Emotion is everything.
Singing is a way to communicate a story to your audience through music. And any good story connects with its audience on an emotional level.
To sing without emotion robs your audience of a vital component of your story.
Even if you nail all the notes and recite every word of the lyrics perfectly, your audience will not get into your performance if it lacks emotion.
You need to learn to sing with emotion or you will never succeed as a professional singer. Even if you only sing for fun at home or at karaoke, singing with emotion will make your singing much better and much more enjoyable for you as well.
But it’s not easy, especially if you also play an instrument. Singing with emotion takes practice and if done wrong, it can actually hurt your performance as well as your voice itself.
Follow the tips and exercises below and you will soon be able to imbue your performances with the emotion needed to captivate any audience.
Learn To Sing With Emotion
Learning to sing with emotion is not easy, but if you follow these steps, you will get there. Keep practicing and you’ll soon be able to effortlessly infuse emotion into your vocal performance. And that will improve your singing by leaps and bounds.
1. Choose An Easy Song
By ‘easy song’, I mean two things. First, you want a song that is not challenging. That way you don’t have to divert any of your focus to the mechanics of singing. All of your concentration can go toward expressing the correct emotions in your voice.
Second, you want a song whose topic and central emotion is one with which you are familiar. It is much easier to add the appropriate emotion to your singing, if you have experienced firsthand what the song is talking about.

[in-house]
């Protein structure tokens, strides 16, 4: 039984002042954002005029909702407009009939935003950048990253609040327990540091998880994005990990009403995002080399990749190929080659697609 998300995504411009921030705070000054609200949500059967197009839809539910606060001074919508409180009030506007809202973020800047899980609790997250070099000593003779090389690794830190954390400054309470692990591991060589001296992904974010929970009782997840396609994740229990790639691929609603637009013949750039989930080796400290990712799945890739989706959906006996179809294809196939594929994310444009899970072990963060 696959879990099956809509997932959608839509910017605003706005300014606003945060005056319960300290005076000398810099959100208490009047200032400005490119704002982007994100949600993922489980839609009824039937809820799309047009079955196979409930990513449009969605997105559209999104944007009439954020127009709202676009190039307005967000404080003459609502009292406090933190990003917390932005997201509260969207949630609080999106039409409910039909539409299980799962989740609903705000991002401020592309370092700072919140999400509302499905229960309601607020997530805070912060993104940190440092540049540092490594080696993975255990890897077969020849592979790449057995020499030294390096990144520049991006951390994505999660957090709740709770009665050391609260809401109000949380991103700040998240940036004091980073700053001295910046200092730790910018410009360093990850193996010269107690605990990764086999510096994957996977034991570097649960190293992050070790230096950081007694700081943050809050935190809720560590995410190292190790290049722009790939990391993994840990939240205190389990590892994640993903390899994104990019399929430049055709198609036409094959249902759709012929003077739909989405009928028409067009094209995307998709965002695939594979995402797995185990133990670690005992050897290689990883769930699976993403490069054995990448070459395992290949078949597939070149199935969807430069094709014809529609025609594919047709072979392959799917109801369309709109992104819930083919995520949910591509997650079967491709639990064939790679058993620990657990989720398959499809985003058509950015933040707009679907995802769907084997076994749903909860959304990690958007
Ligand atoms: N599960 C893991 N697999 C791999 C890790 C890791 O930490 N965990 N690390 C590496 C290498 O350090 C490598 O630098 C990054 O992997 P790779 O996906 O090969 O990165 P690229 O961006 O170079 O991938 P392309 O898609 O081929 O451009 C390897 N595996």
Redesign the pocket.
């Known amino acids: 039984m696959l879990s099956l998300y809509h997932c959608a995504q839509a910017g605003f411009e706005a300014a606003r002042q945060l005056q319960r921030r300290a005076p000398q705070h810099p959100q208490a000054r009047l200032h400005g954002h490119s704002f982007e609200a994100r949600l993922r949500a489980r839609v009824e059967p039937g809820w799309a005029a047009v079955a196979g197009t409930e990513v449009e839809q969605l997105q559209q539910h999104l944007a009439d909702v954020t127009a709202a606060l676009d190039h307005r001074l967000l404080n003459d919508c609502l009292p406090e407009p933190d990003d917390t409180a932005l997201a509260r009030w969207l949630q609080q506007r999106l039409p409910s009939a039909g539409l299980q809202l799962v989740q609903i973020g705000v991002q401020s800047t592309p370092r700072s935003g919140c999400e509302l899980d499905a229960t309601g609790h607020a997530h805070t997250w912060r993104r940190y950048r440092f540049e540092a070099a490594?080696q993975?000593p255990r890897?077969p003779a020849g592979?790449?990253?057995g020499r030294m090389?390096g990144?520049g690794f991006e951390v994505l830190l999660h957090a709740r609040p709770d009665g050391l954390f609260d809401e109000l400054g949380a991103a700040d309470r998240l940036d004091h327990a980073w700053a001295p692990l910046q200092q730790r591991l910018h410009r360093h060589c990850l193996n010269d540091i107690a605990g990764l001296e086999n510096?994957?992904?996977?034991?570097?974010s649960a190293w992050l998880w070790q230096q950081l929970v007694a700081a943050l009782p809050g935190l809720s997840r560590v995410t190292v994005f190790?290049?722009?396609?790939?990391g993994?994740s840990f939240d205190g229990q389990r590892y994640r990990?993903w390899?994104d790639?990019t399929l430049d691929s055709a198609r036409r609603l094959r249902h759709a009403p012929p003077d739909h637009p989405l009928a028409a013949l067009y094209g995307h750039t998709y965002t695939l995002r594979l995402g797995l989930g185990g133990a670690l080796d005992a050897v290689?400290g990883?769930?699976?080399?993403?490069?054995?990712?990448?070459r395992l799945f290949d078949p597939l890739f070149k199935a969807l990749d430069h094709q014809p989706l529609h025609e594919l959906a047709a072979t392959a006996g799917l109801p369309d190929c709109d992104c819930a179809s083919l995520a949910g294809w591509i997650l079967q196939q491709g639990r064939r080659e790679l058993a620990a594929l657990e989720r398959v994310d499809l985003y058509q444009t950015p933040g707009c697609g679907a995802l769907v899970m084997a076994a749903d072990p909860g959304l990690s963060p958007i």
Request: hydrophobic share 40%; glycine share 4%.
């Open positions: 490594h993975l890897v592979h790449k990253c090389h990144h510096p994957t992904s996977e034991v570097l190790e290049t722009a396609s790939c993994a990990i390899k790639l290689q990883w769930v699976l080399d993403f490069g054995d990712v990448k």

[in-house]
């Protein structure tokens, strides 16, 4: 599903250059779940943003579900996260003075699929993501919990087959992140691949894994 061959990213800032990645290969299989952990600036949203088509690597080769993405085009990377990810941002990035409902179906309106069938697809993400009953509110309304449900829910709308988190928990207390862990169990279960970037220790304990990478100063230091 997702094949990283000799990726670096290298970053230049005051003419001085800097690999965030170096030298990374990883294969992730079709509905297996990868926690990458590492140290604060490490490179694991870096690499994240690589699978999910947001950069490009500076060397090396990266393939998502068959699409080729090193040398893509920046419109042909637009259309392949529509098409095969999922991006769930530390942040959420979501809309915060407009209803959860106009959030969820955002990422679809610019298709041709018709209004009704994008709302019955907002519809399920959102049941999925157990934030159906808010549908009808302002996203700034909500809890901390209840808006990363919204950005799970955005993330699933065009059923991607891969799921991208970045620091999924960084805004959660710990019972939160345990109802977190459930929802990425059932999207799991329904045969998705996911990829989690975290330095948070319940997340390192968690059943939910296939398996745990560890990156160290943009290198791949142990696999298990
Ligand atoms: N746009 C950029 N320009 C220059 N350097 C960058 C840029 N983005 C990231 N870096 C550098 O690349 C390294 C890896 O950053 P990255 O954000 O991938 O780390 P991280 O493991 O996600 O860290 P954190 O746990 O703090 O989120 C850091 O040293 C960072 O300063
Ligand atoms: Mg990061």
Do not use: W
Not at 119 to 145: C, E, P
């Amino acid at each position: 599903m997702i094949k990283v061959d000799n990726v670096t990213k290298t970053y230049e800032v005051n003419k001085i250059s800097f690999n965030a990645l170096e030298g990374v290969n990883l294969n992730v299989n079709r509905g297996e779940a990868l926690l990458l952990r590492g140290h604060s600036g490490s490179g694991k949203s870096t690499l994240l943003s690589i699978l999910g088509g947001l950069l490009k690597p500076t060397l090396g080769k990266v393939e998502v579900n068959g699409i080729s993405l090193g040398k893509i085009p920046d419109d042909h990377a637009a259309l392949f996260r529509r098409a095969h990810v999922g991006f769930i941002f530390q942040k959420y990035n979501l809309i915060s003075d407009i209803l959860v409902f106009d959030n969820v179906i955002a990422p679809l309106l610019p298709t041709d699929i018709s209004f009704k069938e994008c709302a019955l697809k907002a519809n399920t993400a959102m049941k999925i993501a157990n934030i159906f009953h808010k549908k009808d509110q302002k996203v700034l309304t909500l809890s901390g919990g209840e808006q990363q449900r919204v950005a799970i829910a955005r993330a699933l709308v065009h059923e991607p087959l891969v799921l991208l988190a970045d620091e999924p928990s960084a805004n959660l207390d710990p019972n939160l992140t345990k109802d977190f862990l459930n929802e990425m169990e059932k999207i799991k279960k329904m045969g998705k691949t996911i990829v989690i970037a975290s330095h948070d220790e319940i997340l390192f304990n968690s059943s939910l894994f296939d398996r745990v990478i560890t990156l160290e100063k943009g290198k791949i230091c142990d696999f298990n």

Even when you are performing in front of an audience and not just practicing, you should always try to choose songs that speak of experiences you have personally had. That just makes it much easier to channel the correct emotions.
2 .Analyze the Song
The first thing you want to do is listen carefully to the song you’ve chosen and figure out what the main underlying emotion is. Is it sadness, anger, hurt, happiness, etc?
This is the mood you then want to channel when singing, to infuse your performance with natural emotion.
A large part of grasping a song’s emotion is really understanding the lyrics. Listen to the words carefully and figure out what they mean.
Not every song is straightforward, so you interpretation might differ from a different singer’s. That is fine. You should always stay true to yourself and go with your own take on a song, not someone else’s.
If you followed my advice and picked a song you can relate to, then the emotion underlying the song and the meaning of the lyrics both describe a situation with which you are familiar. This will make it much easier to interpret the song.
If you chose a song that describes a situation and/or emotion that is new to you, transmitting the feeling of the song becomes more difficult. It is not impossible, but why make things harder? If at all possible, choose a song to which you can relate.
3. Sing With Emotion
Before we get into this, there is something I want to clarify.
You’ll find a lot of advice that tells you to feel the emotion of a song as you are singing it. This is fine when you are practicing at home, but not a good idea during a performance.
And even while practicing, it is something you should only do in the beginning and get away from as quickly as possible.
The problem is that strong emotions can cause your throat to close up.
When professional singers get emotional during a performance, they are almost always acting. They are not actually feeling those emotions, but channeling them like a good actor would.
They want to make you feel the emotions and demonstrate that they understand what you are going through, but they can’t afford to actually feel the emotions themselves.